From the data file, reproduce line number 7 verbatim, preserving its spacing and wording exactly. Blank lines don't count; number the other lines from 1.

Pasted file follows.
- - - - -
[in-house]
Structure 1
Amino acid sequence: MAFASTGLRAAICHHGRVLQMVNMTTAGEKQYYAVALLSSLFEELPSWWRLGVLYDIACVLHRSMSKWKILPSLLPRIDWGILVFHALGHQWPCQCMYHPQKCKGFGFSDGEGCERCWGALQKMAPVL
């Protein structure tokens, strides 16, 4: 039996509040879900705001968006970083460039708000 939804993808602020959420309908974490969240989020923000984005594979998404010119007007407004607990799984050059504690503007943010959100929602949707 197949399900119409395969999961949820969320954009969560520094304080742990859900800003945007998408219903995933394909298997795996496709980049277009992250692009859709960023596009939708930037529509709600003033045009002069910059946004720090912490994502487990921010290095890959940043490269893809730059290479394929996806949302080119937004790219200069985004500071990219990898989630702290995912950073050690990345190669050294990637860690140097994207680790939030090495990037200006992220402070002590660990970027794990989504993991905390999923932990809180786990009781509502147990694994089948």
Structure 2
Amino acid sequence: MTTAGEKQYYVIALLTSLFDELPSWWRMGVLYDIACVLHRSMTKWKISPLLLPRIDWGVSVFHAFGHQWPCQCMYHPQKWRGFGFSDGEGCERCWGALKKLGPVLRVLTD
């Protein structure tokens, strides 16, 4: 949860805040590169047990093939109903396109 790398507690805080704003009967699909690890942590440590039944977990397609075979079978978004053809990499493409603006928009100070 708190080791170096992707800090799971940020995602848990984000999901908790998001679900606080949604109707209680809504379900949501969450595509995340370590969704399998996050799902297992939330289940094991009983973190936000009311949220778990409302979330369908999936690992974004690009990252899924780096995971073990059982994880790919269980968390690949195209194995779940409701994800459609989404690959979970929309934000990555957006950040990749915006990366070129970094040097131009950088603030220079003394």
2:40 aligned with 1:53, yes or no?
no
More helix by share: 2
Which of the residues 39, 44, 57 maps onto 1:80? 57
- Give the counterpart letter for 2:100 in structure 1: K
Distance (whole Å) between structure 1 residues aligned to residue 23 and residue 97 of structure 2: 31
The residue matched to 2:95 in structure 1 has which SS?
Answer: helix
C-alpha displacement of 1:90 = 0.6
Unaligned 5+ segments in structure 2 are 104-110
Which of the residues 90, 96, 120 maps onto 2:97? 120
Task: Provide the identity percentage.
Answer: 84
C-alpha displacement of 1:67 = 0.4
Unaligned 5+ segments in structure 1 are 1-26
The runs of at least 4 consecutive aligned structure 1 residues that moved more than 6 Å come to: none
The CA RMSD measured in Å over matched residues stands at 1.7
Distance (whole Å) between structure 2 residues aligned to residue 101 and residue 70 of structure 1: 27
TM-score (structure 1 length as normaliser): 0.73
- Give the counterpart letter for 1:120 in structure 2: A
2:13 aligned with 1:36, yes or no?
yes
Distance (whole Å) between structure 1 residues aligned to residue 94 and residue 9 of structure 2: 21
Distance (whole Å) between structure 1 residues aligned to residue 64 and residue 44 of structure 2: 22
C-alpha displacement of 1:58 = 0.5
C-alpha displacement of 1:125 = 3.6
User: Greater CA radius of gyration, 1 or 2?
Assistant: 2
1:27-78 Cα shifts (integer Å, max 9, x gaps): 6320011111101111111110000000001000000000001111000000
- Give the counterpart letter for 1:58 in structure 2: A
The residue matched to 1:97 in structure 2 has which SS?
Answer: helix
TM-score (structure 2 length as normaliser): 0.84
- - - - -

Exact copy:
């Protein structure tokens, strides 16, 4: 949860805040590169047990093939109903396109 790398507690805080704003009967699909690890942590440590039944977990397609075979079978978004053809990499493409603006928009100070 708190080791170096992707800090799971940020995602848990984000999901908790998001679900606080949604109707209680809504379900949501969450595509995340370590969704399998996050799902297992939330289940094991009983973190936000009311949220778990409302979330369908999936690992974004690009990252899924780096995971073990059982994880790919269980968390690949195209194995779940409701994800459609989404690959979970929309934000990555957006950040990749915006990366070129970094040097131009950088603030220079003394």